One of the paradoxes of Doctor Who, a show about an eccentric wanderer who travels through time in a big blue police box, is that large portions of the show’s own history have been erased. The BBC purged many of the series’s early episodes during a time when storage space was at a premium and before home media justified archiving.
Efforts have been made over the years to recover these lost pieces of Doctor Who history. Thanks to diligent fans, audio recordings exist for every episode of the series. A number of episodes have been recovered around the world, often from foreign broadcasters. Fans have staged creative reconstructions using still images and creative editing techniques.
The BBC and various external productions have been animating episodes that are unlikely to be recovered starting with “The Invasion” in 2007. Progress has been slow and uneven, but it is amazing to watch classic stories resurrected by mapping new visuals to extant audio.
These projects make the show’s history readily accessible to a new generation of fans. This March saw the release of the charged and psychedelic Patrick Troughton story “The Macra Terror,” and an animated adaptation of “The Faceless Ones” will be released next year.
“Mission to the Unknown” is something entirely different. It is a live-action recreation of a missing episode filmed by students at the University of Central Lancaster. Working from writer Terry Nation’s original teleplay and what few visual records of the original episode remain, these fans reconstructed a piece of Doctor Who that had long been thought lost to history.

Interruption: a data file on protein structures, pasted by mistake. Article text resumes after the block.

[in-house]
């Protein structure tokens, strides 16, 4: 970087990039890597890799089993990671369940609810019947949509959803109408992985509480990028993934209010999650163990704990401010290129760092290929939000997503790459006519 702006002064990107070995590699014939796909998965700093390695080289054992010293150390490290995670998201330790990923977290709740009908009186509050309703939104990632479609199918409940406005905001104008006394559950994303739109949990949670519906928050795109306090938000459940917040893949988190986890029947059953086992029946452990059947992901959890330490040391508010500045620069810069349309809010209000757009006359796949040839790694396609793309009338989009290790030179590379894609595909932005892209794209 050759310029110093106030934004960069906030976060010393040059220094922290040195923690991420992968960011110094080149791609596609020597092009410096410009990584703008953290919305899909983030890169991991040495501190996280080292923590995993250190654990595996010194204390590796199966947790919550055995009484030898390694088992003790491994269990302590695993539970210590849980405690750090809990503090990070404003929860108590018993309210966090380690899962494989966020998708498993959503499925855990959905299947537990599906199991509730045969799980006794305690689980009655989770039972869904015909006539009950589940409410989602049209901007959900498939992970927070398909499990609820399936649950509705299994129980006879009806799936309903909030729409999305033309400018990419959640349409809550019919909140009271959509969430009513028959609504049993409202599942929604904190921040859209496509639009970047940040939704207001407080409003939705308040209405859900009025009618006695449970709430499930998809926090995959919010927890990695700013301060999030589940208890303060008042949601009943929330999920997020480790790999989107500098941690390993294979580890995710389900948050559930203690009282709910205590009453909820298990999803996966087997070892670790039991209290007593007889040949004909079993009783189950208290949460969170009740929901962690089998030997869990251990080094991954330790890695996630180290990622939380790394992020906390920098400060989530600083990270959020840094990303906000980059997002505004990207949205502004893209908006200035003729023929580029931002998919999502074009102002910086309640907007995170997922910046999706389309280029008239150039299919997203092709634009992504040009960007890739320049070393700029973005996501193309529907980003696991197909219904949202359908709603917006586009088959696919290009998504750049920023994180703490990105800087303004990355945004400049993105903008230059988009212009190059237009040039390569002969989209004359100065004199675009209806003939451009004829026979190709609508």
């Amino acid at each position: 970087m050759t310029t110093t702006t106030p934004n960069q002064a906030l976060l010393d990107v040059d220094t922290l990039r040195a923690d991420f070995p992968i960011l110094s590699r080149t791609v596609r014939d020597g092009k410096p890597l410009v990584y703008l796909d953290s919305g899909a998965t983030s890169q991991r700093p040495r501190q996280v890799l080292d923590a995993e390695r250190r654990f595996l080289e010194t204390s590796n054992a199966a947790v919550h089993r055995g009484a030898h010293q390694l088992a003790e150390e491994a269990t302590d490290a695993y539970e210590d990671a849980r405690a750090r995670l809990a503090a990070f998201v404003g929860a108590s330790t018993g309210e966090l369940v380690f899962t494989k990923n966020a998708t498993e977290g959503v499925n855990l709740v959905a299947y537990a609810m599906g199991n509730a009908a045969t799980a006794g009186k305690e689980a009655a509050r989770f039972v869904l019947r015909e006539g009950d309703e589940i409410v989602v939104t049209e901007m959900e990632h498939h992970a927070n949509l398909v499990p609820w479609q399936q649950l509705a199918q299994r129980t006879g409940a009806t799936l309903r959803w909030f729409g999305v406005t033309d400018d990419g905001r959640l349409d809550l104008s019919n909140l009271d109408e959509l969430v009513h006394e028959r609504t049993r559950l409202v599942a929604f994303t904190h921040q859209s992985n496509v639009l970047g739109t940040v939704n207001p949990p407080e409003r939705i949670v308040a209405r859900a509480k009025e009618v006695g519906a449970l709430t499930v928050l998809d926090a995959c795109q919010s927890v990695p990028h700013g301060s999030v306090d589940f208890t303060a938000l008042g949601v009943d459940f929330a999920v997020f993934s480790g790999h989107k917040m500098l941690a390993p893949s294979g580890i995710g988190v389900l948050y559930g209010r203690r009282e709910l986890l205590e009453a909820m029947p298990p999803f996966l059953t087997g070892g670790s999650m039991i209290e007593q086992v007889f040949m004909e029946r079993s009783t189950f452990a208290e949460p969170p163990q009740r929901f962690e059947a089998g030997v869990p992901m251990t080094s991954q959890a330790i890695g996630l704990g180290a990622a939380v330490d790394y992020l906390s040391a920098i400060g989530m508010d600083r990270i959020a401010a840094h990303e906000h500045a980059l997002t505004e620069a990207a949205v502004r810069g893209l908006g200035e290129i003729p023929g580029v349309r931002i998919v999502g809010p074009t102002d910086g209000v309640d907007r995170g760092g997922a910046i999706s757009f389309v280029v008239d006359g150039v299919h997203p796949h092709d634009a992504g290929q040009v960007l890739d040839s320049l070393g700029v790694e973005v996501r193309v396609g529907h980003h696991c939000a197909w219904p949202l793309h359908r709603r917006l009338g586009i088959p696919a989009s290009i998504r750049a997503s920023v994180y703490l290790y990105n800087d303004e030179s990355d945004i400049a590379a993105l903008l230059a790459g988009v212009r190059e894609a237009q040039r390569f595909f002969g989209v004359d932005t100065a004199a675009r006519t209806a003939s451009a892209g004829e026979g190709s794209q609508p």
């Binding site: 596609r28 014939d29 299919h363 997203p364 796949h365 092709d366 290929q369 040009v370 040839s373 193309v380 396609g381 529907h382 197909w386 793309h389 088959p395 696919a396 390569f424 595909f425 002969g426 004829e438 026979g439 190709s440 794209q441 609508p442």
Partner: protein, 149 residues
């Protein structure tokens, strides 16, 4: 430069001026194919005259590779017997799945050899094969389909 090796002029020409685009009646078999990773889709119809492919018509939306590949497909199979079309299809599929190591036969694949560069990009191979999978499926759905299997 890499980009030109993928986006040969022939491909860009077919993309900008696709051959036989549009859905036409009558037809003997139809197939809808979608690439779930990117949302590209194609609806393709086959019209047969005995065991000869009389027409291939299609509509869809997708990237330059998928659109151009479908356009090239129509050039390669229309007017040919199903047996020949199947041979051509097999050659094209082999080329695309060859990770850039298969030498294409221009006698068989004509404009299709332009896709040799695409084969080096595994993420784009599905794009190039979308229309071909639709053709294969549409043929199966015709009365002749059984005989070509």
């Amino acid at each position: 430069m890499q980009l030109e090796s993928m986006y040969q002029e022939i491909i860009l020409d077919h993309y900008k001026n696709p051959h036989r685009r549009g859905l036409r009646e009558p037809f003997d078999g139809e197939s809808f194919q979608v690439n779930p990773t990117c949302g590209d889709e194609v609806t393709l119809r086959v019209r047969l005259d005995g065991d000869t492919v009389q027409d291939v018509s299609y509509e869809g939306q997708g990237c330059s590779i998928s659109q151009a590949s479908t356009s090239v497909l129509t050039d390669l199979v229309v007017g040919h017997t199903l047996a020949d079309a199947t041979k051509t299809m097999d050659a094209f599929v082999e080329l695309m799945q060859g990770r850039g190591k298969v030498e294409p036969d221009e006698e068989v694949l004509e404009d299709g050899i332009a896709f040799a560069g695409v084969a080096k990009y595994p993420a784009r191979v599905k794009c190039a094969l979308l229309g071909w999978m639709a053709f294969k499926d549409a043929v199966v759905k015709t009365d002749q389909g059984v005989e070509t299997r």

The episode serves as the prologue to the epic 12-part story “The Daleks’ Master Plan,” which is the holy grail of lost Doctor Who stories. Only three of the episodes have been archived. “Mission to the Unknown” is also notable because it doesn’t feature any of the series’s regulars. This makes the story perfect for adaptation since it can be recreated without needing to recast the lead role. The fans were able to recruit Doctor Who regular Nicholas Briggs to voice the Daleks.
“Mission to the Unknown” provides a twist on the classic Doctor Who template. It is the tale of two astronauts trapped on a hostile planet where the Daleks are plotting their invasion. The audience understands how this story is supposed to work: The Doctor will arrive, team up with the stranded spacefarers, and defeat the Daleks. Except this time, he doesn’t.
The episode is populated with the sorts of cartoonish villainy that defined a lot of early Doctor Who. There is even a conference room full of baddies shouting things like “Victory is assured!” However, the complete absence of the Doctor gives the story a brutal edge.
The recreation is astounding, employing the kind of studio sets that the series would use during the ‘60s. The acting is a bit rough around the edges, but that’s also true to the spirit of the classic series. Even the camera work is in keeping with the directorial sensibilities of the era.
“Mission to the Unknown” opens with a shot of a dead body coming back to life. The students at the University of Central Lancaster have pulled off a similar resurrection. They should be proud.